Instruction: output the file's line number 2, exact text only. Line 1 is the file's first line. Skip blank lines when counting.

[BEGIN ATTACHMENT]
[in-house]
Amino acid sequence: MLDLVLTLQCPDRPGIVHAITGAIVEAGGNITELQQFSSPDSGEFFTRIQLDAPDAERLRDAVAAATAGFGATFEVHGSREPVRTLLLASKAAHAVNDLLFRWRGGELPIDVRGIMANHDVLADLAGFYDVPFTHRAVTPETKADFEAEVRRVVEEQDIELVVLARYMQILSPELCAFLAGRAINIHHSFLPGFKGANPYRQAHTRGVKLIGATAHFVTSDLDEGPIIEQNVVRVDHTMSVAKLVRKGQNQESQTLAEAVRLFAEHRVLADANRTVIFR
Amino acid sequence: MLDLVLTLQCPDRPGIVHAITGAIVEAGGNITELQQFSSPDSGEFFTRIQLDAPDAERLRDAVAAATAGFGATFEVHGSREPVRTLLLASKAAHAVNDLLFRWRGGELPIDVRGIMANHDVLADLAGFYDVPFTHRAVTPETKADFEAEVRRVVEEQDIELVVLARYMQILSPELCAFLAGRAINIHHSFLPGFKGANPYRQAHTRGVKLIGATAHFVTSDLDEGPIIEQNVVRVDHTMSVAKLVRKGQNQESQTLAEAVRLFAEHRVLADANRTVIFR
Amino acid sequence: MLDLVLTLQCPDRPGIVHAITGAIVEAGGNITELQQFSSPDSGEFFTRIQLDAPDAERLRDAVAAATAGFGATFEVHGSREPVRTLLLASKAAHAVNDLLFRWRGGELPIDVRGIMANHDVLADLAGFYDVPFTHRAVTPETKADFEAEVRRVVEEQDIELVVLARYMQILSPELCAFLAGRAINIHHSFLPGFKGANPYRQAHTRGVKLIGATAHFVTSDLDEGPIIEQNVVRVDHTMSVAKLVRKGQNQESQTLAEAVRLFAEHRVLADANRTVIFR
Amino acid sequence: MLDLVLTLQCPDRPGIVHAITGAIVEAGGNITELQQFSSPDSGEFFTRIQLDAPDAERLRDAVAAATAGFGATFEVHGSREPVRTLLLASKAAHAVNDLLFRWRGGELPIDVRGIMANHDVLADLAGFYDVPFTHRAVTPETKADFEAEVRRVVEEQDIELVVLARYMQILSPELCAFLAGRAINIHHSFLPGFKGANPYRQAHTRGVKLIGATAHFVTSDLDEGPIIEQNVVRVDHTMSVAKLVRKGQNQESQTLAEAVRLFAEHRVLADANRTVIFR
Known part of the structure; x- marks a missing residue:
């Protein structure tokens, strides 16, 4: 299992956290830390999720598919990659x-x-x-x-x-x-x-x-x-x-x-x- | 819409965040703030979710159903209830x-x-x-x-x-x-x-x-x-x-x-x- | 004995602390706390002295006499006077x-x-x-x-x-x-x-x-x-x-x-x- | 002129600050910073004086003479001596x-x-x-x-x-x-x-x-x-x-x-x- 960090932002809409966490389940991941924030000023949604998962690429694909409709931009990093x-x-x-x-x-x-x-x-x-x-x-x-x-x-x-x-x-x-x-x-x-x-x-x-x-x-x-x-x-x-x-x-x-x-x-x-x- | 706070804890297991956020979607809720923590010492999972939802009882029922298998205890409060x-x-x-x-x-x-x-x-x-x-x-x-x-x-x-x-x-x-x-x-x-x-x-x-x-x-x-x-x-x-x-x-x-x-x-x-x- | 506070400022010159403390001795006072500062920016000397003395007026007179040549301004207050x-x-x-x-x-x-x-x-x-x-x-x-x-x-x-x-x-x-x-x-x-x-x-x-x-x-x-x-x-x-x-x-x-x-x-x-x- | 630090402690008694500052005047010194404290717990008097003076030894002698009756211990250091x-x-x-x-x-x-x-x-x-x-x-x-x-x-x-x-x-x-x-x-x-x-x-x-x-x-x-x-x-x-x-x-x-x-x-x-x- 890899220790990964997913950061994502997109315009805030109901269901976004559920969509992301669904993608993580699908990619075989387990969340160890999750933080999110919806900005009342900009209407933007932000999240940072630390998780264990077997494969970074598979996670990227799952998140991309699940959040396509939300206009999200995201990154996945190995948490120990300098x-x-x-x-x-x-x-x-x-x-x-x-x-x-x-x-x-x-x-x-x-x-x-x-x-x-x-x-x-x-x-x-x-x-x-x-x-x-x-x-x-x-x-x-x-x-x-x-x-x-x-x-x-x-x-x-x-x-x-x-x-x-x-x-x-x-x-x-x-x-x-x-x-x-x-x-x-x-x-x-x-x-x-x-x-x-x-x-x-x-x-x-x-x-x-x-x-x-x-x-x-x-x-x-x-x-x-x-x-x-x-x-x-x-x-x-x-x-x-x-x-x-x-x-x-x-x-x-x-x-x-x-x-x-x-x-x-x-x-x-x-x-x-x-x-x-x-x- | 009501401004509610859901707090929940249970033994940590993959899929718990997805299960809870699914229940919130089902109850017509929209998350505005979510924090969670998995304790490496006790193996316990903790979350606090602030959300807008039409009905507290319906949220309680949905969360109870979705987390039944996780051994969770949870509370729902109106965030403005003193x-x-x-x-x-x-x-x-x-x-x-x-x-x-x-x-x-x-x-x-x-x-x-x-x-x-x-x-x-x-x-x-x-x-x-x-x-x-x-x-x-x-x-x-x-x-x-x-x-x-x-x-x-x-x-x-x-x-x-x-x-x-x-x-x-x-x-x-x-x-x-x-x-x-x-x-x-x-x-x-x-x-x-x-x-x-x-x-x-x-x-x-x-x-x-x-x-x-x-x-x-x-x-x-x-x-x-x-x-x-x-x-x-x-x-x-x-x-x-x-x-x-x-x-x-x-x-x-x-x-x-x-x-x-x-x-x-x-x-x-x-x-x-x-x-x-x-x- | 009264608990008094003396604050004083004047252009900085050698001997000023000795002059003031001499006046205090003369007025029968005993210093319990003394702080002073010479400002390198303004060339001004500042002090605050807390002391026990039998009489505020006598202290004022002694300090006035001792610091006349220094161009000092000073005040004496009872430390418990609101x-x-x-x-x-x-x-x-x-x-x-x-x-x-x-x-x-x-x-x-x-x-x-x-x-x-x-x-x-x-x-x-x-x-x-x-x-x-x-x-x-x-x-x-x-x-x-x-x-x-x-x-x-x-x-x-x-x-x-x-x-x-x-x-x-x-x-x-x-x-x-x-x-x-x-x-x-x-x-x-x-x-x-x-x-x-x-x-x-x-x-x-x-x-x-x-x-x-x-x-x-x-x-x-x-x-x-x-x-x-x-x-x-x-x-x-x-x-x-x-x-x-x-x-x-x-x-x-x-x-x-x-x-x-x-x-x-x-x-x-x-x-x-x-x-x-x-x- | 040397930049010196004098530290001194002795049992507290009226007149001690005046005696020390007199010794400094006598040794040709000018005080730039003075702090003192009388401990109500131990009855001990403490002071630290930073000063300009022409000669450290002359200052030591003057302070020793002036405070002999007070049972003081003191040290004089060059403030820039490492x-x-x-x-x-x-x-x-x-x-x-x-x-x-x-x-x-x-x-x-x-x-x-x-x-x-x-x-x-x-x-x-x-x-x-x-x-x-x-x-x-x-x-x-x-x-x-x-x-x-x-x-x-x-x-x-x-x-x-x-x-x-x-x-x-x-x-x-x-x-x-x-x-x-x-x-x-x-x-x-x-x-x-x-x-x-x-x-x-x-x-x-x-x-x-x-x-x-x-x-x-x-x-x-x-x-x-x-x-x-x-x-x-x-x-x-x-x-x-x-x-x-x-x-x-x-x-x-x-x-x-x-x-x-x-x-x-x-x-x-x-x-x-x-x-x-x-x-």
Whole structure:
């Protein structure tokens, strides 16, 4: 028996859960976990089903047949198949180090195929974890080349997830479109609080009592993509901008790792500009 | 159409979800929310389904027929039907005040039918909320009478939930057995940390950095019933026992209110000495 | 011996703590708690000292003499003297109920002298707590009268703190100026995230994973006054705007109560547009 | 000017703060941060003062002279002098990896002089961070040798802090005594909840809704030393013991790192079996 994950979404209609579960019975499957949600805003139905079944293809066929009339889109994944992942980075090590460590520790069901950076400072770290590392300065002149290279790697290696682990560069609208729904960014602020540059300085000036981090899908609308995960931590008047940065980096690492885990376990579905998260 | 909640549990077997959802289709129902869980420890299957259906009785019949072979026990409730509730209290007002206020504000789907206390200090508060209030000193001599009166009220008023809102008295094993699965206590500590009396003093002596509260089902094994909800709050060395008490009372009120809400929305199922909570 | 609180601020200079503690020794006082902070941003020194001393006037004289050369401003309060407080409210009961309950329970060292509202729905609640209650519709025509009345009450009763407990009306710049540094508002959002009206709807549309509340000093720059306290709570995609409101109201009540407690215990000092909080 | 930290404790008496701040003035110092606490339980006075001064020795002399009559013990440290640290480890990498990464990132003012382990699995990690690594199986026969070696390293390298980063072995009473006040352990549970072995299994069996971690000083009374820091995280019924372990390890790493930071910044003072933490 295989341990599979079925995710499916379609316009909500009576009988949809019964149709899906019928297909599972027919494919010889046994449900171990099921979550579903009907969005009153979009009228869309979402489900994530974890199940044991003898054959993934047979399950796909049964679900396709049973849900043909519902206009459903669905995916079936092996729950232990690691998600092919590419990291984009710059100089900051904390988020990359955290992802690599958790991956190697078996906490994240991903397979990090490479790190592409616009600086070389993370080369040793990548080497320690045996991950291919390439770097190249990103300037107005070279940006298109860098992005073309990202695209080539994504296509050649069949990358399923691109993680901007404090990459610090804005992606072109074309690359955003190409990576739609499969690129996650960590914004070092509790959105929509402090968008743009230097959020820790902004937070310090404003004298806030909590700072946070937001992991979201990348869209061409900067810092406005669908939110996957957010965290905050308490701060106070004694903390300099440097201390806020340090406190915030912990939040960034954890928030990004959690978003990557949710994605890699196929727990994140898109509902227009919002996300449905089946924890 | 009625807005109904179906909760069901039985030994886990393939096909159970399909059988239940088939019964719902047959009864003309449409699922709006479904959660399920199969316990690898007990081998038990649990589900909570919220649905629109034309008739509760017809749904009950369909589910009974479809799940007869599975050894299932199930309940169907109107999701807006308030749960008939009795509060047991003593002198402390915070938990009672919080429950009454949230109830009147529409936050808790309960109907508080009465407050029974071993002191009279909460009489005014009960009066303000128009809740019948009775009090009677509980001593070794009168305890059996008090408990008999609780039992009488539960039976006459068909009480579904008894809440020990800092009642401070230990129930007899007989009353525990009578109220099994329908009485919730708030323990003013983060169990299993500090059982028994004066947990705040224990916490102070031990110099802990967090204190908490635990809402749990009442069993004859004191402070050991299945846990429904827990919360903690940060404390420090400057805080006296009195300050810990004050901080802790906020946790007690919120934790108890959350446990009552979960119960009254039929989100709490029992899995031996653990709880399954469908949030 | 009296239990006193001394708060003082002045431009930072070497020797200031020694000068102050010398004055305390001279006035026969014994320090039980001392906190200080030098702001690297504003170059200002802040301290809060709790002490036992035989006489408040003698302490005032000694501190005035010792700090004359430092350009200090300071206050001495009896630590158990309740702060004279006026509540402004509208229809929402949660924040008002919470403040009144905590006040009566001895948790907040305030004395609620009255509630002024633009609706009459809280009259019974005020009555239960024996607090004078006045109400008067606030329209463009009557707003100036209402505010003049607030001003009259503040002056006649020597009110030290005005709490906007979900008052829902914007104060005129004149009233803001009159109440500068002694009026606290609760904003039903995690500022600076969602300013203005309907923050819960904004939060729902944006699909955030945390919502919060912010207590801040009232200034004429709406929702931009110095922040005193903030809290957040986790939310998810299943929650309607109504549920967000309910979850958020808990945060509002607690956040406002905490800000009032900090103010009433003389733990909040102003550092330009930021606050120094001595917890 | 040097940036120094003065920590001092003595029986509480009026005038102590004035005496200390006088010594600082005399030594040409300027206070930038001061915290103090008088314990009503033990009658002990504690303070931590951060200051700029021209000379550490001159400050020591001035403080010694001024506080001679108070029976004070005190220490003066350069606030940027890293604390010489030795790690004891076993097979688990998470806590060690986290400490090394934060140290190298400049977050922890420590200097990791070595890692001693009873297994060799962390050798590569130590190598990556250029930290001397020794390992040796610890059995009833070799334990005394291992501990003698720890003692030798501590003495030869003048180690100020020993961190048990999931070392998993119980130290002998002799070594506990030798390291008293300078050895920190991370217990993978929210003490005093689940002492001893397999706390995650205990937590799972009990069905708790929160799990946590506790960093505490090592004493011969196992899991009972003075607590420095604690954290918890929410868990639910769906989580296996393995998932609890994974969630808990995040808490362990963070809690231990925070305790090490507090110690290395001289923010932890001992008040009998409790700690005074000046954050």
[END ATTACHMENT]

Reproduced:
Amino acid sequence: MLDLVLTLQCPDRPGIVHAITGAIVEAGGNITELQQFSSPDSGEFFTRIQLDAPDAERLRDAVAAATAGFGATFEVHGSREPVRTLLLASKAAHAVNDLLFRWRGGELPIDVRGIMANHDVLADLAGFYDVPFTHRAVTPETKADFEAEVRRVVEEQDIELVVLARYMQILSPELCAFLAGRAINIHHSFLPGFKGANPYRQAHTRGVKLIGATAHFVTSDLDEGPIIEQNVVRVDHTMSVAKLVRKGQNQESQTLAEAVRLFAEHRVLADANRTVIFR